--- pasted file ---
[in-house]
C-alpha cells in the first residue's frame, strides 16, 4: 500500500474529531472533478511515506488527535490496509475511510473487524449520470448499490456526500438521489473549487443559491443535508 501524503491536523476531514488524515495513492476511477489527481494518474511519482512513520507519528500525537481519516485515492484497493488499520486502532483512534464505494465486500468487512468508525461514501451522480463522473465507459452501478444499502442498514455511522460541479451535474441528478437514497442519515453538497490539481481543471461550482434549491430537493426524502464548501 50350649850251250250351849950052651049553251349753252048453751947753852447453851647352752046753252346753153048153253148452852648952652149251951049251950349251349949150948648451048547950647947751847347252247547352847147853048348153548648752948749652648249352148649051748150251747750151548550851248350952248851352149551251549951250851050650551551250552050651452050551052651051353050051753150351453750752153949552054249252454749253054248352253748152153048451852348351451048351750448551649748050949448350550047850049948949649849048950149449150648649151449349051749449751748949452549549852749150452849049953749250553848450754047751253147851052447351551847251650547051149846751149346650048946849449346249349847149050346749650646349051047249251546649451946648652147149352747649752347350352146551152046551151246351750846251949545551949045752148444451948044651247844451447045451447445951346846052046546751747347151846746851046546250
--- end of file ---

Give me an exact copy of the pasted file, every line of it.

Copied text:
[in-house]
C-alpha cells in the first residue's frame, strides 16, 4: 500500500474529531472533478511515506488527535490496509475511510473487524449520470448499490456526500438521489473549487443559491443535508 501524503491536523476531514488524515495513492476511477489527481494518474511519482512513520507519528500525537481519516485515492484497493488499520486502532483512534464505494465486500468487512468508525461514501451522480463522473465507459452501478444499502442498514455511522460541479451535474441528478437514497442519515453538497490539481481543471461550482434549491430537493426524502464548501 50350649850251250250351849950052651049553251349753252048453751947753852447453851647352752046753252346753153048153253148452852648952652149251951049251950349251349949150948648451048547950647947751847347252247547352847147853048348153548648752948749652648249352148649051748150251747750151548550851248350952248851352149551251549951250851050650551551250552050651452050551052651051353050051753150351453750752153949552054249252454749253054248352253748152153048451852348351451048351750448551649748050949448350550047850049948949649849048950149449150648649151449349051749449751748949452549549852749150452849049953749250553848450754047751253147851052447351551847251650547051149846751149346650048946849449346249349847149050346749650646349051047249251546649451946648652147149352747649752347350352146551152046551151246351750846251949545551949045752148444451948044651247844451447045451447445951346846052046546751747347151846746851046546250